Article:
Mysterious Brain Clumps Behind Dementia Identified

A protein clump in the brain signals dementia
A protein clump (brown) in the hippocampus in the brain of a person with a gene mutation linked to dementia. (Image credit: Kohji Mori and Dieter Edbauer)

Certain forms of dementia may be caused by a gene mutation that makes proteins in the brain clump together, a new study finds.

The most common cause of frontotemporal dementia and a motor neuron disease called amyotrophic lateral sclerosis (ALS, or Lou Gehrig's disease) is a genetic mutation that creates extra copies of a DNA sequence, but the actual mechanism of the diseases is unknown. A team of researchers has now found that proteins, molecules that normally help cells function, are being produced from the mutated gene and appear to be causing the clumping seen in both those diseases.

The findings, described online today (Feb. 7) in the journal Science, could explain how these diseases arise and might even be treated.

About 10 percent of FTLD (frontotemporal lobar degeneration) and ALS patients have a mutation in the C9orf72 gene, which contains a short repeated DNA sequence. Healthy people have about 25 repeats of this sequence, but there are hundreds of repeats in these patients. Their brains exhibit telltale clumps of proteins in the hippocampus and cerebellum regions.

While proteins in other forms of dementia are known, patients with this mutation have clumps of other, unknown proteins, said study co-author Dieter Edbauer, a neuroscientist at Ludwig Maximilian University of Munich, in Germany. The mutated gene lacks the label that normally tells cells to start making a protein, and is located in a stretch of the DNA that isn't normally active.

Protein mystery

Edbauer and his colleagues hypothesized that if the gene were somehow activated, it would cause three different proteins to be made, and these proteins would aggregate in cells and cause disease.

To test their hypothesis, the researchers took both diseased and healthy brain tissue from deceased patients and filtered it through a fine mesh. Clumps of brain tissue from the patients got stuck in the mesh. By making antibodies (proteins produced by the body to target and fight off foreign invaders) that recognized the three specific proteins, the scientists were able to determine that these were the proteins in the clumps.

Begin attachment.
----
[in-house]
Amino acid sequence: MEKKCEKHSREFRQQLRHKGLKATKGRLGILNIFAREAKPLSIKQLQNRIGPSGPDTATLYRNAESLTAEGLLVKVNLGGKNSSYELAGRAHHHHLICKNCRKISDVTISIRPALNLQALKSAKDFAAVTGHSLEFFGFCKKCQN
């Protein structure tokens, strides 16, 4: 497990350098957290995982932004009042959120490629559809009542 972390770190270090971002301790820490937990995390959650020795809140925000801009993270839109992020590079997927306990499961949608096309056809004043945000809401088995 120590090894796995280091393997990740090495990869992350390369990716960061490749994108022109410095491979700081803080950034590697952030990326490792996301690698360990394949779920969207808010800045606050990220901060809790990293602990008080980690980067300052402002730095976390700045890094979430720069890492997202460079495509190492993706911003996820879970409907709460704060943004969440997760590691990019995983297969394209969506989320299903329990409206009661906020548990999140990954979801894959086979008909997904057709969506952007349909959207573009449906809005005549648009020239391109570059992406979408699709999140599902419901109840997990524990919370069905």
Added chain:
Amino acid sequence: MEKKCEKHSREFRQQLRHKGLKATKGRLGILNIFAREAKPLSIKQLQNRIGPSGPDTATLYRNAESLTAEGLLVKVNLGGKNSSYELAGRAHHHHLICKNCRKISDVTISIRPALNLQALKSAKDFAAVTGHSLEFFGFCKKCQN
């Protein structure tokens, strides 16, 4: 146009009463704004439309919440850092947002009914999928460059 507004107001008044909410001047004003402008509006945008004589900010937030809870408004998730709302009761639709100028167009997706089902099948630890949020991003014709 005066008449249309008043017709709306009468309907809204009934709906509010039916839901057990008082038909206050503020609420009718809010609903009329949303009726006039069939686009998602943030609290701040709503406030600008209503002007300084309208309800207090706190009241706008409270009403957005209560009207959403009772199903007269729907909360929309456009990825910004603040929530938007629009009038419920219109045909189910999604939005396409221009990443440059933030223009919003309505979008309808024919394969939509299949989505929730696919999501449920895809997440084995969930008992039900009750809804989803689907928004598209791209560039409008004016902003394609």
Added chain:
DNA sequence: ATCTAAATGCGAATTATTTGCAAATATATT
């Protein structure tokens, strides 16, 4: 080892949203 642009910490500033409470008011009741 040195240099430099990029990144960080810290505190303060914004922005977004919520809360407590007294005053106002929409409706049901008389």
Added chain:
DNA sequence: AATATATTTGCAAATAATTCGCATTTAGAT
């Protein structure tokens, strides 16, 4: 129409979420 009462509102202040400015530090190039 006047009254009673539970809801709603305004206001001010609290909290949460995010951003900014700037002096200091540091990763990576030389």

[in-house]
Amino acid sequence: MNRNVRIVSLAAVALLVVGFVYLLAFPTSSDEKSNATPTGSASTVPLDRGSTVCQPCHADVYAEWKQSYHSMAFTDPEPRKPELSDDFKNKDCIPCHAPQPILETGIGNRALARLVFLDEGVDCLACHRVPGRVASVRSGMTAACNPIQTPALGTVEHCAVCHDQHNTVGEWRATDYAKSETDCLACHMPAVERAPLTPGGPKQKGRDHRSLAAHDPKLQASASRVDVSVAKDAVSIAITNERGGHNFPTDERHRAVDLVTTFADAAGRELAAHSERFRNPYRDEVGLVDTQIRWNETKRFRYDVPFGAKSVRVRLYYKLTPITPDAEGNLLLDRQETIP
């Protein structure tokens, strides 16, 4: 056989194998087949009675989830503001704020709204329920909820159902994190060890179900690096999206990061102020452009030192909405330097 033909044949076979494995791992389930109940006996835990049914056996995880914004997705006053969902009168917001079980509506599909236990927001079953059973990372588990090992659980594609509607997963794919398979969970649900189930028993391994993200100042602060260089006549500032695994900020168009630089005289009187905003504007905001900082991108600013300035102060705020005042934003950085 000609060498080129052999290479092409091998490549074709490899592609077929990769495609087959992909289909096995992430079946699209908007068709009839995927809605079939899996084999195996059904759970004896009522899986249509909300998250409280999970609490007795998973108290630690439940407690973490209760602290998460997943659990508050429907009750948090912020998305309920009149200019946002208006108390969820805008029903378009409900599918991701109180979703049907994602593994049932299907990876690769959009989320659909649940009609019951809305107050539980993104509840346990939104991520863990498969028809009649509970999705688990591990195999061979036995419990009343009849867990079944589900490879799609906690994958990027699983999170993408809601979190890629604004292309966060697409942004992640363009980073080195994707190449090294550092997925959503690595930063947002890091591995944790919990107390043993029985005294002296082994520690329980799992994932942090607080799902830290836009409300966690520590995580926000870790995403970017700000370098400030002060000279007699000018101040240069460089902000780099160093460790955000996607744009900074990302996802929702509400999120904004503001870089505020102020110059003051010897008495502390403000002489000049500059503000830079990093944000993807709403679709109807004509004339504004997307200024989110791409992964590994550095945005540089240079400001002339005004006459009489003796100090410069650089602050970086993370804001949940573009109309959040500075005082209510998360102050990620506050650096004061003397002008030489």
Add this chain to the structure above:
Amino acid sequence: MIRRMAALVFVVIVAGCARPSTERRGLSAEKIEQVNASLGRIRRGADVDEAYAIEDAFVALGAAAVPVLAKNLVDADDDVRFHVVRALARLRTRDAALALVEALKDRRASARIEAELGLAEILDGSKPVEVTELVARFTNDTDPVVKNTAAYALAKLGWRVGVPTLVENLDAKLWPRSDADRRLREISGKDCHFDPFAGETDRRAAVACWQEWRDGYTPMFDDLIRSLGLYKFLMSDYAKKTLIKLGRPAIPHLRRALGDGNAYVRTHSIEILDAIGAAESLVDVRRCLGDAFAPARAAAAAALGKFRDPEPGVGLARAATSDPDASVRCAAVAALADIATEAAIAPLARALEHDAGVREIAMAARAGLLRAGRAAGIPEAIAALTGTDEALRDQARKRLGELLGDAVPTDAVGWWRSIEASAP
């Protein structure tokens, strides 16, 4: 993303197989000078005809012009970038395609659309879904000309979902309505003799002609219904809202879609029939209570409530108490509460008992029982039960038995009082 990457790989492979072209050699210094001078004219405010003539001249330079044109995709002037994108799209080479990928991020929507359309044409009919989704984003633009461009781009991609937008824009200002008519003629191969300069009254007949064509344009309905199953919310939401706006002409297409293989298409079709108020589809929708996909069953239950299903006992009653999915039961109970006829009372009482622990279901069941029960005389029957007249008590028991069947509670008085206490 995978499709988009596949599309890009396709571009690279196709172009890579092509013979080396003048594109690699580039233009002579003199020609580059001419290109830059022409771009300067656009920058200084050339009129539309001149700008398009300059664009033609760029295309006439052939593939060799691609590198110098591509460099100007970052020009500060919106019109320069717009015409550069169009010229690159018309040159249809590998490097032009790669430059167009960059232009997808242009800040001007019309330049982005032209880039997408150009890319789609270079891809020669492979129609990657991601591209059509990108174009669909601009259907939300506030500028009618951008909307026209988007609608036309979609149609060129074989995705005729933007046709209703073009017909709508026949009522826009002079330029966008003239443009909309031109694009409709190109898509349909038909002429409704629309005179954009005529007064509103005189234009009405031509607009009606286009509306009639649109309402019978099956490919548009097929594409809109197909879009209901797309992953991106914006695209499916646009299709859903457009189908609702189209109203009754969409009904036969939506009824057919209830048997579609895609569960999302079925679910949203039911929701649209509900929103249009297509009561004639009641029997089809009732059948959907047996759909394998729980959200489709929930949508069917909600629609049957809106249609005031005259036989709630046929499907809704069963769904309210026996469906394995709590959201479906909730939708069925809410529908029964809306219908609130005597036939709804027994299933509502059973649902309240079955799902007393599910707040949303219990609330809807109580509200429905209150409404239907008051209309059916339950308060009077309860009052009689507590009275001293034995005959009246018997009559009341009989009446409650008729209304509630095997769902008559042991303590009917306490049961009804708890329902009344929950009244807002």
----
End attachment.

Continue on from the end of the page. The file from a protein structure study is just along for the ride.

"This study helps to resolve a major question about how C9orf72 mutations cause FTD and ALS," said neurologist Adam Boxer of the University of California, San Francisco, who was not involved in the study.

"It suggests that these mutations can lead to creation of a new toxic protein that aggregates and accumulates in cells, similar to other neurodegenerative diseases such as Huntington's and Alzheimer's, which are also associated with toxic protein aggregates," Boxer told LiveScience. [10 Odd Facts About the Brain]

Others agree that the findings, if replicated, will be important. "It would be good to confirm their results using an independent method," said neuropathologist Ian Mackenzie of Vancouver General Hospital and the University of British Columbia, in Canada.

Understanding the diseases

There are several possible explanations for how the proteins are being made. One is that the ribosome, the cellular machinery that reads genetic instructions to make proteins, is misreading the mutated gene. Another possibility is that the repeated sequence is forming a hairpin shape that attracts the ribosome and tells it to make proteins.

It's unclear whether the clumps are causing the diseases or are simply markers. If the protein clumps are in fact responsible, scientists might be able to treat the disease by getting rid of those proteins, Edbauer said.

FTD and ALS are characterized by personality changes, language abnormalities and movement disorders, which often appear before the age of 65. There is currently no cure.

Follow Live Science on Twitter @livescience. We're also on Facebook & Google+

Tanya Lewis
Staff Writer
Tanya was a staff writer for Live Science from 2013 to 2015, covering a wide array of topics, ranging from neuroscience to robotics to strange/cute animals. She received a graduate certificate in science communication from the University of California, Santa Cruz, and a bachelor of science in biomedical engineering from Brown University. She has previously written for Science News, Wired, The Santa Cruz Sentinel, the radio show Big Picture Science and other places. Tanya has lived on a tropical island, witnessed volcanic eruptions and flown in zero gravity (without losing her lunch!). To find out what her latest project is, you can visit her website.